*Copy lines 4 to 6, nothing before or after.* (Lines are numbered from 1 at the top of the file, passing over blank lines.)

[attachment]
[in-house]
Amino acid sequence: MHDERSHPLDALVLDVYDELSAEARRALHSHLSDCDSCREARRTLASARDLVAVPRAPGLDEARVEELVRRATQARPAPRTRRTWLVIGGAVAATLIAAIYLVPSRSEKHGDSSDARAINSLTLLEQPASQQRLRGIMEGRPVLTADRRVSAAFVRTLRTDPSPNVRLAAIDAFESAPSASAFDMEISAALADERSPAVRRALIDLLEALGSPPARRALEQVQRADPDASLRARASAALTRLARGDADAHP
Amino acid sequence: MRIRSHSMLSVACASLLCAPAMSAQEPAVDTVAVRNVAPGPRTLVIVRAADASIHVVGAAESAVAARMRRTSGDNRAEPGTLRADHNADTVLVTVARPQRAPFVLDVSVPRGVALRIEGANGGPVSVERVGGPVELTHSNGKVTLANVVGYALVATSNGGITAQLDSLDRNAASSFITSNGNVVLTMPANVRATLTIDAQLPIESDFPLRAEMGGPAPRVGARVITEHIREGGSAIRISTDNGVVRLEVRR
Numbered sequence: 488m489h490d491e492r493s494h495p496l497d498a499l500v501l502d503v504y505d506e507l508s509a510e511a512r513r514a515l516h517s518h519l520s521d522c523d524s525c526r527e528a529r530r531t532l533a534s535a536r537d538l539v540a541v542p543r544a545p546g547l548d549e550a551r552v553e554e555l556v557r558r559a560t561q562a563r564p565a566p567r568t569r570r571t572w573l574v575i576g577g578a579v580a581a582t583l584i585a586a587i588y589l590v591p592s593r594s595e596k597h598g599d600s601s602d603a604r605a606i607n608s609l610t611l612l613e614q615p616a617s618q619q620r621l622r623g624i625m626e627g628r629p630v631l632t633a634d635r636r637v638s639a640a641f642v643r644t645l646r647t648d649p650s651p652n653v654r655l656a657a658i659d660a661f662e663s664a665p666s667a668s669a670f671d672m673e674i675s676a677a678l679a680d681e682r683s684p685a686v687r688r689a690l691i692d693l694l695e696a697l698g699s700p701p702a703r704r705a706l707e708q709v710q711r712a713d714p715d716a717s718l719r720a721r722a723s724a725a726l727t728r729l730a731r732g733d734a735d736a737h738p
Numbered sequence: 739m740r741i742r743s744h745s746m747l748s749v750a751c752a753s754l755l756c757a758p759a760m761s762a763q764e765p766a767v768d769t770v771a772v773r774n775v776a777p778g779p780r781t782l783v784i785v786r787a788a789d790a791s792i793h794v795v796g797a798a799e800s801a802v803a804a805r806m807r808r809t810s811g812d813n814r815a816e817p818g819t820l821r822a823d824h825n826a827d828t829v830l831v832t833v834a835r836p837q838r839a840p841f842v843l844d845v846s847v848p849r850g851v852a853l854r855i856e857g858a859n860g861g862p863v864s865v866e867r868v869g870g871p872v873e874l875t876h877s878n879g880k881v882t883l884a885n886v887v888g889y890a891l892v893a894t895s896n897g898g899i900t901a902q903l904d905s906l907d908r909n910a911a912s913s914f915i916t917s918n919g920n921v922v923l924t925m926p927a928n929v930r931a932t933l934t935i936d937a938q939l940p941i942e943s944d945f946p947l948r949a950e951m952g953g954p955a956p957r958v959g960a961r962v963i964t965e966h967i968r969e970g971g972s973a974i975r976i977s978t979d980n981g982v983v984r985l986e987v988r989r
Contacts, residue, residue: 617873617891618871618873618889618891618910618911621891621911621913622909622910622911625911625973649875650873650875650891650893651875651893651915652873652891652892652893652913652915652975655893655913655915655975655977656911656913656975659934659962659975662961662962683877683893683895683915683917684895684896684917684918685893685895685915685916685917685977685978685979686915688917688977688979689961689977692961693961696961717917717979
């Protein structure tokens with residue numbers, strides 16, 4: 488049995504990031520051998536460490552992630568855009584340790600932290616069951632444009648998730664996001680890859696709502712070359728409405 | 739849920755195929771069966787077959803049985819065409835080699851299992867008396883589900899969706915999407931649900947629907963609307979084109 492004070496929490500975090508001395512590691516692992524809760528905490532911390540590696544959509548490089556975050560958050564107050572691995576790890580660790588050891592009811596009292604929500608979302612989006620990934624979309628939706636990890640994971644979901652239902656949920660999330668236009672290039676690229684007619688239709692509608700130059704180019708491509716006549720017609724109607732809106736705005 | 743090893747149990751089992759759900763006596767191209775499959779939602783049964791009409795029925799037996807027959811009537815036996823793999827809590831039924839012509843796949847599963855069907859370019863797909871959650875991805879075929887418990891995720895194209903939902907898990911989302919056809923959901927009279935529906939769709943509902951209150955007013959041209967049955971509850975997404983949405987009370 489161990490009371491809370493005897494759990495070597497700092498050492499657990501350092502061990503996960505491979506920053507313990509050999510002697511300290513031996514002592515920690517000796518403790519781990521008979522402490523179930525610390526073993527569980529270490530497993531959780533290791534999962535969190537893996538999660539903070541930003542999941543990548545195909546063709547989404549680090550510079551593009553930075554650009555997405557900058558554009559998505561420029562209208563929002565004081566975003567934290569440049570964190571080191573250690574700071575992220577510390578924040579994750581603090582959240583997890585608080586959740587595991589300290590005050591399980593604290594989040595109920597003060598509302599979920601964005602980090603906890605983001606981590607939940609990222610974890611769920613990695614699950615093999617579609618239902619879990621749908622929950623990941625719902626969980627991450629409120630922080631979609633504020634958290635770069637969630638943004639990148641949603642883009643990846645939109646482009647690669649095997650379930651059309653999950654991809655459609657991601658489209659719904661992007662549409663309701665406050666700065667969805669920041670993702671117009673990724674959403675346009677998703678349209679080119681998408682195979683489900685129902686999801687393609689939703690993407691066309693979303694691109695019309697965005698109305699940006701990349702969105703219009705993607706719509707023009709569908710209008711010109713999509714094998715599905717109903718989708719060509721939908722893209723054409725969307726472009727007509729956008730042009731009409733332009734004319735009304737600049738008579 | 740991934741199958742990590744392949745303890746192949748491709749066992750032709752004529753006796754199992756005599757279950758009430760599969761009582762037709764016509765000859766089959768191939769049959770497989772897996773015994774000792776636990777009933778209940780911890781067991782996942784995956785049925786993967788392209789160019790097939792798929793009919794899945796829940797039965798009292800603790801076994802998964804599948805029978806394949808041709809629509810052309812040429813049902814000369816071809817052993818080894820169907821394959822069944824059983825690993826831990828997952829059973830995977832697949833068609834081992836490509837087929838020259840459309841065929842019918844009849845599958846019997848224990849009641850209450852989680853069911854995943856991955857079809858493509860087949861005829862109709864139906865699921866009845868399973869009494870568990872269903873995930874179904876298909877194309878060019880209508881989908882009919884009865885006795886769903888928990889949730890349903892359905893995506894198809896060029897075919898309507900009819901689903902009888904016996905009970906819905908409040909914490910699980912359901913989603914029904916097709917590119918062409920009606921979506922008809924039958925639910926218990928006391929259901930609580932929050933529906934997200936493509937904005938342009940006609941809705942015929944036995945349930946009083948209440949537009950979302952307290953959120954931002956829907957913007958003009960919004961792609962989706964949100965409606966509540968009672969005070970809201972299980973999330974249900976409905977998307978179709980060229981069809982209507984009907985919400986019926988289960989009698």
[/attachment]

Numbered sequence: 488m489h490d491e492r493s494h495p496l497d498a499l500v501l502d503v504y505d506e507l508s509a510e511a512r513r514a515l516h517s518h519l520s521d522c523d524s525c526r527e528a529r530r531t532l533a534s535a536r537d538l539v540a541v542p543r544a545p546g547l548d549e550a551r552v553e554e555l556v557r558r559a560t561q562a563r564p565a566p567r568t569r570r571t572w573l574v575i576g577g578a579v580a581a582t583l584i585a586a587i588y589l590v591p592s593r594s595e596k597h598g599d600s601s602d603a604r605a606i607n608s609l610t611l612l613e614q615p616a617s618q619q620r621l622r623g624i625m626e627g628r629p630v631l632t633a634d635r636r637v638s639a640a641f642v643r644t645l646r647t648d649p650s651p652n653v654r655l656a657a658i659d660a661f662e663s664a665p666s667a668s669a670f671d672m673e674i675s676a677a678l679a680d681e682r683s684p685a686v687r688r689a690l691i692d693l694l695e696a697l698g699s700p701p702a703r704r705a706l707e708q709v710q711r712a713d714p715d716a717s718l719r720a721r722a723s724a725a726l727t728r729l730a731r732g733d734a735d736a737h738p
Numbered sequence: 739m740r741i742r743s744h745s746m747l748s749v750a751c752a753s754l755l756c757a758p759a760m761s762a763q764e765p766a767v768d769t770v771a772v773r774n775v776a777p778g779p780r781t782l783v784i785v786r787a788a789d790a791s792i793h794v795v796g797a798a799e800s801a802v803a804a805r806m807r808r809t810s811g812d813n814r815a816e817p818g819t820l821r822a823d824h825n826a827d828t829v830l831v832t833v834a835r836p837q838r839a840p841f842v843l844d845v846s847v848p849r850g851v852a853l854r855i856e857g858a859n860g861g862p863v864s865v866e867r868v869g870g871p872v873e874l875t876h877s878n879g880k881v882t883l884a885n886v887v888g889y890a891l892v893a894t895s896n897g898g899i900t901a902q903l904d905s906l907d908r909n910a911a912s913s914f915i916t917s918n919g920n921v922v923l924t925m926p927a928n929v930r931a932t933l934t935i936d937a938q939l940p941i942e943s944d945f946p947l948r949a950e951m952g953g954p955a956p957r958v959g960a961r962v963i964t965e966h967i968r969e970g971g972s973a974i975r976i977s978t979d980n981g982v983v984r985l986e987v988r989r
Contacts, residue, residue: 617873617891618871618873618889618891618910618911621891621911621913622909622910622911625911625973649875650873650875650891650893651875651893651915652873652891652892652893652913652915652975655893655913655915655975655977656911656913656975659934659962659975662961662962683877683893683895683915683917684895684896684917684918685893685895685915685916685917685977685978685979686915688917688977688979689961689977692961693961696961717917717979